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Old 01-07-2013, 09:02 AM   #11
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Absolutely Herk, a dry lubricant doesn't collect the dust, dirt and grit as liquid lubes do and it will last longer and be more effective. The silicone's and WDs's of the world do a great job and have there place for sure.
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Old 01-14-2013, 09:25 AM   #12
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I buy some lock lube at the auto parts store it is graphite and in some kind of liquid lubricant. I do this once a year and it works for me. also if it runs out onto other surfaces it wipes off real easy. I believe it penetrates better than dry graphite. I live in Mi. and the locks on the back of my capper on my truck always get seized up from the road salt in the winter. I squirt some of this in the lock and gently work the key back and forth and eventually it'll work itself free.
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Old 01-21-2013, 03:52 PM   #13
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Stay away from the liquid sprays, they will gum up after a while. Go to your local locksmith, LOCAL, not a big name box store, and ask for a tube of graphite. It is the best thing for locks, lasts a long time and you are supporting your local small business at the same time.
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Old 01-21-2013, 04:11 PM   #14
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Good to know. One of my pass thru locks is getting stiff and I bent a key trying to open it.
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Old 01-21-2013, 05:14 PM   #15
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Originally Posted by anaro View Post
Good to know. One of my pass thru locks is getting stiff and I bent a key trying to open it.
Always happy to serve as the beacon on the trail of what not to do.
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Old 01-21-2013, 06:29 PM   #16
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Two other thing that will cause a broken key, being in a hurry...make sure that the key is inserted all the way into the keyway before trying to turn the key, and once you unlock the lock use the handle to open the door and not the key while it is still in the keyway, I watch people all the time and it is the most common thing that people do.......and I do have a "Key Extractor" to remove broken keys.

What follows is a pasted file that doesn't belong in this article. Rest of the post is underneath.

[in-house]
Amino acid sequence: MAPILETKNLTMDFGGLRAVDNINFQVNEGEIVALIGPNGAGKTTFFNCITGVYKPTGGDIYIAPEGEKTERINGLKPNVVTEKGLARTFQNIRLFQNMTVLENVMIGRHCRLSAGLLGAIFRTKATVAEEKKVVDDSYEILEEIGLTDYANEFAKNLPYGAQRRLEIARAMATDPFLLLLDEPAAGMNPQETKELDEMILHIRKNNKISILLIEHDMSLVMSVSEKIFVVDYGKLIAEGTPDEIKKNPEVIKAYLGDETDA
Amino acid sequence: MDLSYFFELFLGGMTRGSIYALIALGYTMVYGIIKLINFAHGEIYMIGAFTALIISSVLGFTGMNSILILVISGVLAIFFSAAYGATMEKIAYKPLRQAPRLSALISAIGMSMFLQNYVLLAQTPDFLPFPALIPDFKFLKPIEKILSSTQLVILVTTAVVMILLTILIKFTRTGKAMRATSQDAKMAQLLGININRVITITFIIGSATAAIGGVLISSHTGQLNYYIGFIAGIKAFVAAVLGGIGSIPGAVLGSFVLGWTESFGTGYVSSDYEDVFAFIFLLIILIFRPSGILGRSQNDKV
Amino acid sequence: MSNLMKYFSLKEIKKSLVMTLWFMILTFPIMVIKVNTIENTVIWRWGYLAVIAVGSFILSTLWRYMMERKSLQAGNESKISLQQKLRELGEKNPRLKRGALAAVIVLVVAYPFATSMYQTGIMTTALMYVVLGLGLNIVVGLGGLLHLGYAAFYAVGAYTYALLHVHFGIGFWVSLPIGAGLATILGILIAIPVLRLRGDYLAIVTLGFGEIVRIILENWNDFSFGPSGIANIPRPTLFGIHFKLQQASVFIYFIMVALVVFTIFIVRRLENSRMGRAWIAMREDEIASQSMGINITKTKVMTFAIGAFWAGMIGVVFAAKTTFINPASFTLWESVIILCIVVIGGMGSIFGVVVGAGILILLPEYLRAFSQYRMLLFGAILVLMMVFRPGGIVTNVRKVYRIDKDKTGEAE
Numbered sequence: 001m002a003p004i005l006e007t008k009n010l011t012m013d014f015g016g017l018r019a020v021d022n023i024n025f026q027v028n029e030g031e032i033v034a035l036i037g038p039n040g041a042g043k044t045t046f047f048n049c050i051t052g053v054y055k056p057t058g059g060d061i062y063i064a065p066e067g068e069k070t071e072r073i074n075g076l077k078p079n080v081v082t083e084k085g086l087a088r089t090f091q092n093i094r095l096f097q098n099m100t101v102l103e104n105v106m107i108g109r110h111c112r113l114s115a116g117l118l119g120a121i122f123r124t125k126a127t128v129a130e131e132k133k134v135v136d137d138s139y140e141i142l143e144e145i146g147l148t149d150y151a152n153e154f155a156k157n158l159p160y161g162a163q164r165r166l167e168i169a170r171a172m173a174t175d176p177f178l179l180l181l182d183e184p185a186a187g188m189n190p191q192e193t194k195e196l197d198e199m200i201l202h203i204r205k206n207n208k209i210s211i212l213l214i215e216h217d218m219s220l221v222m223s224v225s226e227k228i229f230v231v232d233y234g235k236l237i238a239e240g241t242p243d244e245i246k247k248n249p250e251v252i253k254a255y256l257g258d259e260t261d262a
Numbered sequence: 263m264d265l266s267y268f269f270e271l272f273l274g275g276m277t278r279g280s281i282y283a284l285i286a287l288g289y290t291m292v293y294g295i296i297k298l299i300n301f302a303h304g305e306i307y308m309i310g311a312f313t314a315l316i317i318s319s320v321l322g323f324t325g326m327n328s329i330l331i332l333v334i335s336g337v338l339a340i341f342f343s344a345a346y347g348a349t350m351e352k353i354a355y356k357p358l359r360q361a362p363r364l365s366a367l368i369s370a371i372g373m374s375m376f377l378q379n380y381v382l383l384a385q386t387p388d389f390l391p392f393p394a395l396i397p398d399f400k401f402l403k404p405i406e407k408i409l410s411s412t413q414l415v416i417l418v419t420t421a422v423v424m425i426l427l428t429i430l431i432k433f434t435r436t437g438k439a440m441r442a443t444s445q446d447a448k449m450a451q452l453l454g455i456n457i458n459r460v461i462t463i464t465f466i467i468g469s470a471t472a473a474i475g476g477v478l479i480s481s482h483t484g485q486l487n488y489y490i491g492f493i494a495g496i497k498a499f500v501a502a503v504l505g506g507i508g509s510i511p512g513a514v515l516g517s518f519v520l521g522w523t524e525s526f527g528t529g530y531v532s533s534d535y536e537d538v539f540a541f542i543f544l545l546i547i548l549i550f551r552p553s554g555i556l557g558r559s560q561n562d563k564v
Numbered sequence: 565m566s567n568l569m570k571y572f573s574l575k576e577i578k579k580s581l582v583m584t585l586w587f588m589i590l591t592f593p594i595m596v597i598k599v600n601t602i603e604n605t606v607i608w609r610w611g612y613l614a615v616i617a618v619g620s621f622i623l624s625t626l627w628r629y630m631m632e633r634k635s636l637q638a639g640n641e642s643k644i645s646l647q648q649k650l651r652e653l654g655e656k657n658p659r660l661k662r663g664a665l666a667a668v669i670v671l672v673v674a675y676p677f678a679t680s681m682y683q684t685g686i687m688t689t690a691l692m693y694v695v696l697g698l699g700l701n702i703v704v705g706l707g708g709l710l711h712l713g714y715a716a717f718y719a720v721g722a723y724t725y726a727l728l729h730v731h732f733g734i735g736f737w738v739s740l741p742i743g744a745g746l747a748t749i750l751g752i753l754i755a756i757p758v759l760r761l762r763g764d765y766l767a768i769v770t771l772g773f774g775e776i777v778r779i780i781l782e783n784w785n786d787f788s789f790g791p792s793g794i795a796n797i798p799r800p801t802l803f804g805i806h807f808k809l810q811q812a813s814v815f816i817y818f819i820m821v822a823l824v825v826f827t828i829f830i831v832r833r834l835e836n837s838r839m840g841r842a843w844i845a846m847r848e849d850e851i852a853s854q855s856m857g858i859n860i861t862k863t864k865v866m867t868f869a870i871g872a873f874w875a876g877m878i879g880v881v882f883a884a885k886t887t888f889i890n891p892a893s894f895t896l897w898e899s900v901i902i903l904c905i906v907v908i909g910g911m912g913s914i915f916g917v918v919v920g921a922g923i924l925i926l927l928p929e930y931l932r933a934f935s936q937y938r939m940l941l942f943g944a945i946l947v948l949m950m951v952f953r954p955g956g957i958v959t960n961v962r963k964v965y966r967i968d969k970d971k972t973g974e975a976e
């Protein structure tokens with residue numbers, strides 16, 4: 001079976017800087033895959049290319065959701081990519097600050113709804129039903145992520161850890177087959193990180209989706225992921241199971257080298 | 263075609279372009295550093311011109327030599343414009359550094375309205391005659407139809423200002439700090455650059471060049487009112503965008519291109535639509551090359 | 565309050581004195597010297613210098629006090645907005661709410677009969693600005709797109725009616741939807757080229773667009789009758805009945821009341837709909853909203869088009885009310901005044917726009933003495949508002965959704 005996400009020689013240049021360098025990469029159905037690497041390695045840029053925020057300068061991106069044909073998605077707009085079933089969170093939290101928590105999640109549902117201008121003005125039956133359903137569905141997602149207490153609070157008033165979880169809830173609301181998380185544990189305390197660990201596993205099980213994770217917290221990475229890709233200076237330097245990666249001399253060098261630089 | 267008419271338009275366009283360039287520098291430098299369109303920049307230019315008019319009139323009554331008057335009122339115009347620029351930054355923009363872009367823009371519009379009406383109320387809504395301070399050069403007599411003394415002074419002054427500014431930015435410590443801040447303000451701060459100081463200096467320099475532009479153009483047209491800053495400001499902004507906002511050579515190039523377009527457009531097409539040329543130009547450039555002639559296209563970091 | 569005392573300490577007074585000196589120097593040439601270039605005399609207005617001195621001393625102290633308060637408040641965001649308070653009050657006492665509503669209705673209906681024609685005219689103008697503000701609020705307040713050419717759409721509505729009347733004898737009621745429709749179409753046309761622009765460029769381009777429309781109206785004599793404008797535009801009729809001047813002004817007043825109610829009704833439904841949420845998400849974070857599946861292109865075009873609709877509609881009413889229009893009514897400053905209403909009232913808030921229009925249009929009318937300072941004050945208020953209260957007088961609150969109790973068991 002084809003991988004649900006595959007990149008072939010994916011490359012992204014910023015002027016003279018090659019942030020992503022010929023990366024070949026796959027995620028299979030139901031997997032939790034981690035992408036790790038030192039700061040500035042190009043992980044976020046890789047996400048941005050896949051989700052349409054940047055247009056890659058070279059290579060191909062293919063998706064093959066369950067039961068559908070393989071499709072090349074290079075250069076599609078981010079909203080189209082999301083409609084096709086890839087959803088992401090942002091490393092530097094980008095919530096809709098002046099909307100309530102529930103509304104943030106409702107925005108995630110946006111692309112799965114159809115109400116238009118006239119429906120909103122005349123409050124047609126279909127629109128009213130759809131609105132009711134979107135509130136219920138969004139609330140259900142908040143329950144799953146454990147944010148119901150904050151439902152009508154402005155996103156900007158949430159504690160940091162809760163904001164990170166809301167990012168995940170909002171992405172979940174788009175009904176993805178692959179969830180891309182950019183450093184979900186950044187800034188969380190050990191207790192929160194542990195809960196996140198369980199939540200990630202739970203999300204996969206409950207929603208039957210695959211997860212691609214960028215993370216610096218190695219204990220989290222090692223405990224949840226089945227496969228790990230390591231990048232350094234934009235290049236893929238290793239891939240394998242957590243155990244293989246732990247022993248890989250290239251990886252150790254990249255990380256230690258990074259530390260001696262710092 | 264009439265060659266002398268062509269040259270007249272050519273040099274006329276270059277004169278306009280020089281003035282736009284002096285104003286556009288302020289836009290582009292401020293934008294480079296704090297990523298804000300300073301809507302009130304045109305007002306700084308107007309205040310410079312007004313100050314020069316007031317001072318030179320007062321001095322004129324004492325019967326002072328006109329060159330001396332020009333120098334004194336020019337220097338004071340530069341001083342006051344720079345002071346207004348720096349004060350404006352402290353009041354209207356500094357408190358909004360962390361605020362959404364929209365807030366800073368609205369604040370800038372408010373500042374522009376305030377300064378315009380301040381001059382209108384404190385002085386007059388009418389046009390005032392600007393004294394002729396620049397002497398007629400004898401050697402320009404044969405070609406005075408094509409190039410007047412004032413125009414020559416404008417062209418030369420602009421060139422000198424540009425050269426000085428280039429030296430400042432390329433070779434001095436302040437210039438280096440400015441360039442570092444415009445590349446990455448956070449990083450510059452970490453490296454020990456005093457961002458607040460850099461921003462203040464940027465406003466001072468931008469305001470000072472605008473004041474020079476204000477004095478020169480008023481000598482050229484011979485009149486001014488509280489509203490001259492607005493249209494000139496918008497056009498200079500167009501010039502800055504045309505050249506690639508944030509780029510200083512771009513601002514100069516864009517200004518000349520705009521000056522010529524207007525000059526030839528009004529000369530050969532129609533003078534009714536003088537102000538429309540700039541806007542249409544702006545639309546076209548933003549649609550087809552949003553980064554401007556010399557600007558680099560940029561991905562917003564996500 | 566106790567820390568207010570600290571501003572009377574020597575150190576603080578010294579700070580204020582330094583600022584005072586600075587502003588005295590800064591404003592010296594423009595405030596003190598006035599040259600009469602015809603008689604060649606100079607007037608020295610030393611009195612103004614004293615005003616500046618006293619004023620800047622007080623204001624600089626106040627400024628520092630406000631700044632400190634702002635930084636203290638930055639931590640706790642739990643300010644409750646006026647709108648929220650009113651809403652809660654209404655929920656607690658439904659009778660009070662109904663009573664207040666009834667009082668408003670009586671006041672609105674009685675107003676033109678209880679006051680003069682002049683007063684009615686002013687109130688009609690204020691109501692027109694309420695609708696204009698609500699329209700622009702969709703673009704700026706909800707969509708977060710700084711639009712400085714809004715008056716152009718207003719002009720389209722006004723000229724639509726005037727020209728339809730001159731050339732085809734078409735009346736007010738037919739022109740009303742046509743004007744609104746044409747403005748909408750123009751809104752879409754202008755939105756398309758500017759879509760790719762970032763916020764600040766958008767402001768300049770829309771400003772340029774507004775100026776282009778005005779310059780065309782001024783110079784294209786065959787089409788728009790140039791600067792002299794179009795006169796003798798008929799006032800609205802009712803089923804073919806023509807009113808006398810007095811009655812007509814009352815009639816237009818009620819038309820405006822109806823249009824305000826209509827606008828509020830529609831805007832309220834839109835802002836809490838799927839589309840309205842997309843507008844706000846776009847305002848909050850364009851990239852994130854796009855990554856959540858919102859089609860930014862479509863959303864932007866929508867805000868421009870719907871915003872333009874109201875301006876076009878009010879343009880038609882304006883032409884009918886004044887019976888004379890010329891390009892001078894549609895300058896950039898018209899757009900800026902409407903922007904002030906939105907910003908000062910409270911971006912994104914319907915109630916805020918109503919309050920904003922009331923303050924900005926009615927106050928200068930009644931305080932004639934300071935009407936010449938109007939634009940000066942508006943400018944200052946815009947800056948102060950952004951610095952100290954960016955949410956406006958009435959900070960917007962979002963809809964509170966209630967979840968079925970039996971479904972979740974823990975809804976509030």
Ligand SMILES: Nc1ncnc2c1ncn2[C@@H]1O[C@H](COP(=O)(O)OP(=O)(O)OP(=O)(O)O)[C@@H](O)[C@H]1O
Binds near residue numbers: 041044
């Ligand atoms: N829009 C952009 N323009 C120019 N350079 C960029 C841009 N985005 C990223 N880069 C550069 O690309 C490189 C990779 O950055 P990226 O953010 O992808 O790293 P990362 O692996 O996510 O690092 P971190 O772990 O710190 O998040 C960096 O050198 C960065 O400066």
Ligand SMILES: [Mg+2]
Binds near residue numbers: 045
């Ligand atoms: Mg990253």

All of you need to be careful with RV locks they are the cheapest locks out there, they do not have stainless steel pins in them, they have brass dic tumblers and they will bend easy, they are the samething that are used in furniture the only difference is that they have a cover that flips down and covers the keyway. The best thing you can do is to keep them lube and clean and do not spray anothing inside of the keyway, apply it to the key and slide the key in and out a few times until the key moves easy.

If you are at the beach and you drop your key in the sand you better wash it off before you use it, sand it deadly for a lock.....
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Old 01-21-2013, 07:11 PM   #17
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Personally--I despise WD-40. Why? In 38 years of industrial maintenance, primarily as a machinist, I have seen as much ferrous metals rusted from an application of WD-40 as I have seen ferrous metals rust from being outside in the rain. I have seen the direct results of precision measuring tools (not mine) and precision machine tool equipment get the infamous "black rust" from applications of WD-40. IMO: Locks/tumblers get silicone or graphite.
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Old 01-21-2013, 07:33 PM   #18
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I have worked with locks for over 10 years (Kwikset). I would never use WD40. Dry graphite is the only thing needed. It is a good idea to lube the pin area several times a year. You can spray a silicon spray into the latch area of the lock to keep it free. If you find the door hard to close try lubricating the latch area of the lock. A RV tech told me that this area should he lubricated once a month.
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Old 01-21-2013, 07:55 PM   #19
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I believe OP was instructing us on how to remove a broke key, AND just reminding us to lube our locks.

I'm sure what ever you use will work for you, everybody has thier opinions and since we know what those are like, we know that some will stink, just have to find out if any do, ourselfs!

Oh yes, get those locks "wet"!
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Old 01-22-2013, 08:41 AM   #20
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Two other thing that will cause a broken key, being in a hurry...make sure that the key is inserted all the way into the keyway before trying to turn the key, and once you unlock the lock use the handle to open the door and not the key while it is still in the keyway, I watch people all the time and it is the most common thing that people do.......and I do have a "Key Extractor" to remove broken keys.

All of you need to be careful with RV locks they are the cheapest locks out there, they do not have stainless steel pins in them, they have brass dic tumblers and they will bend easy, they are the samething that are used in furniture the only difference is that they have a cover that flips down and covers the keyway. The best thing you can do is to keep them lube and clean and do not spray anothing inside of the keyway, apply it to the key and slide the key in and out a few times until the key moves easy.

If you are at the beach and you drop your key in the sand you better wash it off before you use it, sand it deadly for a lock.....
Great tip on the sand!
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